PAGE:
The Valentino business grew exponentially, expanding into accessories, fragrances, ready-to-wear and franchises, and it was sold several times. Still, Valentino and Giammetti remained in control until their retirement five years ago. All the while, Valentino was the star of the show with Giammetti content to be in the background, seeing that all ran smoothy, being his partner’s confidant and, as it turns out, taking pictures constantly.
Private: Giancarlo Giammetti, published by Assouline, is a head-spinning collection of these photographs, culled from some 57,000 images — including everything from Polaroids to cameraphone photos posted on Instagram. You could call it a chronicle of the good life, but, truth be told, it is an existence far better than “good,” because no two men in fashion have ever lived more sumptuously or glamorously or taken more pleasure in all that they experience together than Valentino and Giammetti.
No longer lovers — they haven’t been for years — but still inseparable, they have partied, yachted, skied, sunned (Valentino more than Giammetti), attended the ballet and opera, private-jetted around the world. They are the embodiments of la dolce vita; not even Fellini could have dreamed them up.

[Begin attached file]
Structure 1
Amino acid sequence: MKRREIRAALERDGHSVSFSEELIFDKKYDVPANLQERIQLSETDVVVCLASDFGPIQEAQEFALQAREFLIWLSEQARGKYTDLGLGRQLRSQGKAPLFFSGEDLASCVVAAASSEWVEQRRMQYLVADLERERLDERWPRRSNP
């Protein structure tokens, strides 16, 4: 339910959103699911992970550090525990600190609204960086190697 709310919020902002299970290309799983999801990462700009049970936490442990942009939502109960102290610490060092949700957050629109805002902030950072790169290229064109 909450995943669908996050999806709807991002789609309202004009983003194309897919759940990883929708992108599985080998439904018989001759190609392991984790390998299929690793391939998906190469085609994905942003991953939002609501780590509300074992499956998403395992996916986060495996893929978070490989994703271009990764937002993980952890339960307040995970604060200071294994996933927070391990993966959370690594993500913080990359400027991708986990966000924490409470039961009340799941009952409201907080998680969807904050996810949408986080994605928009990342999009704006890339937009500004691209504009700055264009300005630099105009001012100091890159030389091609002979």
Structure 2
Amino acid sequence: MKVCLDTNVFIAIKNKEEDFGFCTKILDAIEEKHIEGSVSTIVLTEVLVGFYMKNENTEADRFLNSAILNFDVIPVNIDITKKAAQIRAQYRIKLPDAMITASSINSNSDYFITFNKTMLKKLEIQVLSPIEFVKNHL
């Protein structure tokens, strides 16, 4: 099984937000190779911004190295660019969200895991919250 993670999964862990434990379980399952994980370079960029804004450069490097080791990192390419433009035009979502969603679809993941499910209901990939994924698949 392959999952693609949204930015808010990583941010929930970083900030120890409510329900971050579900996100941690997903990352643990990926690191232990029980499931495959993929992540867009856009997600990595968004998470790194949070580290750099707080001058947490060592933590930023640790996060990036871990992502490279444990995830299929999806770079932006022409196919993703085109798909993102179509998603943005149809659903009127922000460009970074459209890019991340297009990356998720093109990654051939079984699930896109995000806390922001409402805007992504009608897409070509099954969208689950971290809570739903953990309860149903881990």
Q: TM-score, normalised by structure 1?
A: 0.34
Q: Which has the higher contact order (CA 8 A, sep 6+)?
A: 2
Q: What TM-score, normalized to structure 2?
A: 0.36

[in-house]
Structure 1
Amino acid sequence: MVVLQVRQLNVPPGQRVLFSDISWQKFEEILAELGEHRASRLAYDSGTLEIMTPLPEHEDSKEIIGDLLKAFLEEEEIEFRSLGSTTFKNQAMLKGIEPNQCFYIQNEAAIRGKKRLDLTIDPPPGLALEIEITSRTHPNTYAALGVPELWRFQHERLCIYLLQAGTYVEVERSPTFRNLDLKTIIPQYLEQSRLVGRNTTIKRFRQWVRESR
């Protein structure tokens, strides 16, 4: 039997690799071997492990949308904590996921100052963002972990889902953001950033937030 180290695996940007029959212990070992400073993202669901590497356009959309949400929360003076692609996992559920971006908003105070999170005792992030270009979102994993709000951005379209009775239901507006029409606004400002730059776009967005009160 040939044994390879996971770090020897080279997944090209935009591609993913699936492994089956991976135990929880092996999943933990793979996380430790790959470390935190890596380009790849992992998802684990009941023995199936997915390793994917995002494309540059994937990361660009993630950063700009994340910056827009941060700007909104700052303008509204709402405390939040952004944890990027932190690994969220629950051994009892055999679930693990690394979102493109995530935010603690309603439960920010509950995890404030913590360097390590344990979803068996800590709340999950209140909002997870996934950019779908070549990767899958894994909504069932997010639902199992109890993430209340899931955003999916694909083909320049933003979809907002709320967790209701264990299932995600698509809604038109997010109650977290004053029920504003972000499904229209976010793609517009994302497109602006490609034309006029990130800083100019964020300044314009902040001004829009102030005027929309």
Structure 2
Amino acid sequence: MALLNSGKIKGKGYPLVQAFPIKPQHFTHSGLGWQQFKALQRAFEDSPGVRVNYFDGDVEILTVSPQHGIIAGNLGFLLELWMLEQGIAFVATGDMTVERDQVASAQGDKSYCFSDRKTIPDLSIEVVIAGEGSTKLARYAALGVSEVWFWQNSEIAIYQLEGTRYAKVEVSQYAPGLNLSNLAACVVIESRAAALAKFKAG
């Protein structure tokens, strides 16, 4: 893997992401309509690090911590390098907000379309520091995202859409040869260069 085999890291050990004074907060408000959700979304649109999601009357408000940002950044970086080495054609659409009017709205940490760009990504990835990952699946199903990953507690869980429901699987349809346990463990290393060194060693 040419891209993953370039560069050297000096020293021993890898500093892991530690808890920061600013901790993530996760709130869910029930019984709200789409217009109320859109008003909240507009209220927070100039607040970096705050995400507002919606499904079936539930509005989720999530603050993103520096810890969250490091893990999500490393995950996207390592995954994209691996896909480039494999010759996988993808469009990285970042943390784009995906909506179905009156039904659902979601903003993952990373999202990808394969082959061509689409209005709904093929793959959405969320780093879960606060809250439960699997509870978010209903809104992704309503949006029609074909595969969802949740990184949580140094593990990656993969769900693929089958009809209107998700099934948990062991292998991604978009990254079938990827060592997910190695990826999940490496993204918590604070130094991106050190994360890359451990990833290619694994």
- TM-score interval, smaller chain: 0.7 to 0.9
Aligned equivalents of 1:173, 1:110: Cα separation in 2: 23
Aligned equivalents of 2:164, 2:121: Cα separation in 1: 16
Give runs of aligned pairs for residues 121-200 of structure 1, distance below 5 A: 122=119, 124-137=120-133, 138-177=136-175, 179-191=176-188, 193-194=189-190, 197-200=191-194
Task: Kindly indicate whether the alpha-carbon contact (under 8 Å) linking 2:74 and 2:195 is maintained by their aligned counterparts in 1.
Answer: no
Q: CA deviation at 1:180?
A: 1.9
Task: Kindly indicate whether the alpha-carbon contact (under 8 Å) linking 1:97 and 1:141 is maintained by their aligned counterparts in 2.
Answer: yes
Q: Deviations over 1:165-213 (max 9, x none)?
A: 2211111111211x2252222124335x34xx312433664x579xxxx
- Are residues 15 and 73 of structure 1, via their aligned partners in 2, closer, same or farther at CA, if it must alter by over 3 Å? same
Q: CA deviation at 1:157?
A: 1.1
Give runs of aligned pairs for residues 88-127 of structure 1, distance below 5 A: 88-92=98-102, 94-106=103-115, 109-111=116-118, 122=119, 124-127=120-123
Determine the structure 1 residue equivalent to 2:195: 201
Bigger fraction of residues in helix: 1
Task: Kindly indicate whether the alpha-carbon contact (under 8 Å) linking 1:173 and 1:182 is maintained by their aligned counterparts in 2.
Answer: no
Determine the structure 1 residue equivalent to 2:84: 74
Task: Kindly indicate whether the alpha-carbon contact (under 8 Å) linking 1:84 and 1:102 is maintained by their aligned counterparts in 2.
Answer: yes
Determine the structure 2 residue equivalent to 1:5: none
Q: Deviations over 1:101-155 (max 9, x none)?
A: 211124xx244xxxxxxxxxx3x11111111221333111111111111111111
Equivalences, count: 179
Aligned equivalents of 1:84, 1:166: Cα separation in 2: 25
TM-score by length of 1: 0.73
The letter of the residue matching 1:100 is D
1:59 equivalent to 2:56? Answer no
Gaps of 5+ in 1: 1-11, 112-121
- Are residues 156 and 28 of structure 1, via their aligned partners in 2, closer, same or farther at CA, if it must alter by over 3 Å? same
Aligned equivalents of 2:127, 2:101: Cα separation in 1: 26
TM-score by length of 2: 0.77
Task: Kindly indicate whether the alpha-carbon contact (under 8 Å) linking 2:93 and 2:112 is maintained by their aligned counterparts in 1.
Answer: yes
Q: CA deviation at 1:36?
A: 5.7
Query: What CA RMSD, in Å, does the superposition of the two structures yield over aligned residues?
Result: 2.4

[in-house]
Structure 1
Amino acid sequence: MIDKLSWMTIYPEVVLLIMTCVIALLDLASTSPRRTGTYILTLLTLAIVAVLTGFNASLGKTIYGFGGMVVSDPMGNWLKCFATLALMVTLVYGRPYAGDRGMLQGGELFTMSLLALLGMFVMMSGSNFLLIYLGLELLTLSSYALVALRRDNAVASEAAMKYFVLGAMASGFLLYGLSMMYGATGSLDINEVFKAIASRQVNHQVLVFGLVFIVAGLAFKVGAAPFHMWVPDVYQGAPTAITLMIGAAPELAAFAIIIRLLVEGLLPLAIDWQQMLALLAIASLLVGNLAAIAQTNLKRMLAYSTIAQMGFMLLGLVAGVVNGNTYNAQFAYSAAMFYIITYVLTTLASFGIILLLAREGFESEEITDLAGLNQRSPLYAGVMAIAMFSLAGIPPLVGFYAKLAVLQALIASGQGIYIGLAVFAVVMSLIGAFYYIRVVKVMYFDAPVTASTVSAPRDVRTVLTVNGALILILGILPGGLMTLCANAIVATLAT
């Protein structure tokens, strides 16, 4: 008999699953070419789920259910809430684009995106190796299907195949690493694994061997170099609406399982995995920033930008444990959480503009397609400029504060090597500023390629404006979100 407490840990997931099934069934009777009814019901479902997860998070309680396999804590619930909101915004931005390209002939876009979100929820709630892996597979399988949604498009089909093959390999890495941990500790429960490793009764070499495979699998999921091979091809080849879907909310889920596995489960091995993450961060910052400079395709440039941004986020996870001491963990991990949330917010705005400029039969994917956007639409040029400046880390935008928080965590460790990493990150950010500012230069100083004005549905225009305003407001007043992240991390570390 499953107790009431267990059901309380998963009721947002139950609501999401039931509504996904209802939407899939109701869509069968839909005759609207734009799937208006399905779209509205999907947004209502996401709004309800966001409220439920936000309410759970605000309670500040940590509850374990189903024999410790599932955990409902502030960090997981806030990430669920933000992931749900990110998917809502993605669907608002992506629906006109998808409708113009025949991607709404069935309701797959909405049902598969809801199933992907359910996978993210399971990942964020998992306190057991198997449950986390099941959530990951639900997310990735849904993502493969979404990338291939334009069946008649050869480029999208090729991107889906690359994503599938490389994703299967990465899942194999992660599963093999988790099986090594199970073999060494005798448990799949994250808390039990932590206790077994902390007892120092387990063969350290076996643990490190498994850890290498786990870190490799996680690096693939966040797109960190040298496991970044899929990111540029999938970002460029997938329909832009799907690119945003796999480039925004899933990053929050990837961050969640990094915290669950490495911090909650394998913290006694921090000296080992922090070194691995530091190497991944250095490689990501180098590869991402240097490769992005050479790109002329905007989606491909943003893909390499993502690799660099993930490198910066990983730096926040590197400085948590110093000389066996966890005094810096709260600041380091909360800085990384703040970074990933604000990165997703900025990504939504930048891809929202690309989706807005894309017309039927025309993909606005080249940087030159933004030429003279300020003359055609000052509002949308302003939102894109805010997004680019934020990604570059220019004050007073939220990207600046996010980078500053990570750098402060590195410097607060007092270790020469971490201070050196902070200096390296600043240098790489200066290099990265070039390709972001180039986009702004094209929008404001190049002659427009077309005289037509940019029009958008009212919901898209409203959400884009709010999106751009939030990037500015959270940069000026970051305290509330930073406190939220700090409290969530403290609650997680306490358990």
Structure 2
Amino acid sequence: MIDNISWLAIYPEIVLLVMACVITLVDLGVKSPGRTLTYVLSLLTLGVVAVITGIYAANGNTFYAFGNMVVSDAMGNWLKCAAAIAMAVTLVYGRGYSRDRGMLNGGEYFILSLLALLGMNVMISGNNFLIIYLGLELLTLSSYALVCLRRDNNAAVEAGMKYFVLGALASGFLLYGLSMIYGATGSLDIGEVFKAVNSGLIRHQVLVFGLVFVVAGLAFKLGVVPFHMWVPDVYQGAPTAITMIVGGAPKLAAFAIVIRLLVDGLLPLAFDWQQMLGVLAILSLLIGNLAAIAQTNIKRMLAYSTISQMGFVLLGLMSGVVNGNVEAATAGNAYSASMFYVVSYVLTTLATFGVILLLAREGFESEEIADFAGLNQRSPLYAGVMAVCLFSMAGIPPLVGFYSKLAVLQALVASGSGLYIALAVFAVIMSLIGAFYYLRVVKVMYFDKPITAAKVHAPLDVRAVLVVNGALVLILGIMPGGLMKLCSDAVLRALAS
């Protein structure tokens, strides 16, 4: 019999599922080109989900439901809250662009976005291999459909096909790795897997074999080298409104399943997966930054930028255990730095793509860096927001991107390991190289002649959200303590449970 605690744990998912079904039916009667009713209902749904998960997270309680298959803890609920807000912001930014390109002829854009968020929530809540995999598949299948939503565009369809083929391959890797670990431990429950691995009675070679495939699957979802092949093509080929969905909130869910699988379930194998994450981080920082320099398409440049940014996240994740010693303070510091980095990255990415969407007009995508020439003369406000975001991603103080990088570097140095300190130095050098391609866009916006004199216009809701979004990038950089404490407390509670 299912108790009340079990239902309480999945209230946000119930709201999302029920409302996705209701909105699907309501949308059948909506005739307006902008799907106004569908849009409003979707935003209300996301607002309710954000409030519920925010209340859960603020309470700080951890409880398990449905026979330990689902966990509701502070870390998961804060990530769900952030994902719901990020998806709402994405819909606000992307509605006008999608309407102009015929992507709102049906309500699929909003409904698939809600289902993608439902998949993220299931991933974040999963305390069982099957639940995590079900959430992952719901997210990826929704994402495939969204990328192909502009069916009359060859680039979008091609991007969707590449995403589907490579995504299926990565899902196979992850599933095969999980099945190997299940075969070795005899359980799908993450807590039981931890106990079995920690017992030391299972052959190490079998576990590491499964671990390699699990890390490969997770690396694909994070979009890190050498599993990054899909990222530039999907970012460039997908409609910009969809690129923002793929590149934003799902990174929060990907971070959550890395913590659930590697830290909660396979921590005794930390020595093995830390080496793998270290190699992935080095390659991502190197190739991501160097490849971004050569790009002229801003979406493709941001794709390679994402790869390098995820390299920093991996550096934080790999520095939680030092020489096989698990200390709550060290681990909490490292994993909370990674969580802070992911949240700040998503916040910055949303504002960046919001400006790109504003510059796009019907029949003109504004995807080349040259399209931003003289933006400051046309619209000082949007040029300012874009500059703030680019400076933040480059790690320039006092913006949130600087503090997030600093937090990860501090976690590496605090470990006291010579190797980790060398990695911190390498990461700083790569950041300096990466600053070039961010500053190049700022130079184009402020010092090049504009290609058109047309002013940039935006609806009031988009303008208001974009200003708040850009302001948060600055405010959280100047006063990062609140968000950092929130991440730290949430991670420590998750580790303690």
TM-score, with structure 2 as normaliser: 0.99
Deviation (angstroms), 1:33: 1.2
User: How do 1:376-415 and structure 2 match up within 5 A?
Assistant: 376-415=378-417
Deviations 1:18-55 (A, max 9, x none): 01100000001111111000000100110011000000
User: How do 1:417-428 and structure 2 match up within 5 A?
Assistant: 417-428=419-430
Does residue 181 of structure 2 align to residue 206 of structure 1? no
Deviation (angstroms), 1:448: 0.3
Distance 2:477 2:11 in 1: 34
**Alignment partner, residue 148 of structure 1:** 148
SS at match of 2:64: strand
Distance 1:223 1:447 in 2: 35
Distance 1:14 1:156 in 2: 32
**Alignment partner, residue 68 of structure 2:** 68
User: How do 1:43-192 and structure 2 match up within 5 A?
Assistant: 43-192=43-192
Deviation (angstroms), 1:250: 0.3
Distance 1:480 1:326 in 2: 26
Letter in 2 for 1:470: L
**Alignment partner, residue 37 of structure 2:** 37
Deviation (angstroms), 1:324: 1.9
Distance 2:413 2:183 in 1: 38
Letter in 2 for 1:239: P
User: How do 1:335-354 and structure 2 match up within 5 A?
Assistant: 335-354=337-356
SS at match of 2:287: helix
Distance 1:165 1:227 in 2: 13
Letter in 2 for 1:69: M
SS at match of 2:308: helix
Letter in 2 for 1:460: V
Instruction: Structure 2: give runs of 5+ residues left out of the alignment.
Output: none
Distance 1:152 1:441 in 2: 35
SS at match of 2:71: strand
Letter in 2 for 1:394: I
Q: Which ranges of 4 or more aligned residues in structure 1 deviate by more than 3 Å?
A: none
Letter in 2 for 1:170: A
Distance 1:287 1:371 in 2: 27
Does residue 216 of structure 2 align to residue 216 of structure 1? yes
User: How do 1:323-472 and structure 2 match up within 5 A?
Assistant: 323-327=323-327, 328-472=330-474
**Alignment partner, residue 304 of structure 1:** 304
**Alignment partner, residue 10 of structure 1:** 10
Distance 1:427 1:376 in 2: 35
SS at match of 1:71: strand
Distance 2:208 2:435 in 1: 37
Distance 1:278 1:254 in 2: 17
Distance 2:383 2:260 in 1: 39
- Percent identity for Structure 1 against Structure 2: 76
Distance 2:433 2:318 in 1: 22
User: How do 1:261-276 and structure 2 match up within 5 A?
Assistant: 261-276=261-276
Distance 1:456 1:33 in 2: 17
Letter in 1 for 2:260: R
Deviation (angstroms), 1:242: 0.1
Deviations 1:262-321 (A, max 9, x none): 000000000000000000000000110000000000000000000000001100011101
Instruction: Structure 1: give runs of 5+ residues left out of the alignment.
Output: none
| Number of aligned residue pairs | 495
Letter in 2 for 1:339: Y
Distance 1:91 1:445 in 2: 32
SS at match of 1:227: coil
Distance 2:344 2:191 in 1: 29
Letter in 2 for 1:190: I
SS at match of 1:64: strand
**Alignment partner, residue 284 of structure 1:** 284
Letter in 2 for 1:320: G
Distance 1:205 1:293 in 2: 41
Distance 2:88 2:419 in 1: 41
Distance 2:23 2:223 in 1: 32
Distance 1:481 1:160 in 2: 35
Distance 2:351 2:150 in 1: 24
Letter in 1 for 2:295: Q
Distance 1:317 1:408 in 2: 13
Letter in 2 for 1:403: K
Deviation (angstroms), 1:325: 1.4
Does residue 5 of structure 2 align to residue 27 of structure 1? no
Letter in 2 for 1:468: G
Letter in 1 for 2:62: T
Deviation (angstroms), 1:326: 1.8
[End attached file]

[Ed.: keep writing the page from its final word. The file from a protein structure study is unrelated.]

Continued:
Their domiciles are many, each one more exquisite than the next. Valentino’s château outside Paris is fit for a modern Sun King. And there is no other apartment in Paris that could rival Giammetti’s 1930s Art Deco duplex, decorated by Peter Marino, situated on the Left Bank and filled with Twomblys, Warhols, a Picasso and furniture by Ruhlmann, Jean-Michel Frank and the Lalannes.
Private covers several decades of the Valentino-Giammetti “tribe,” as Giammetti calls them, living large. Apart from a few serious full-page portraits, there are many more snapshots, designed as collages, of pretty people at play. See them living it up in Capri, Gstaad, Hollywood, the Greek Islands, Paris, the French Riviera — everywhere one yearns to be. At Elizabeth Hurley’s wedding in Rajasthan, Giammetti wears a brocade Nehru jacket embroidered in gold and looking every bit the maharajah.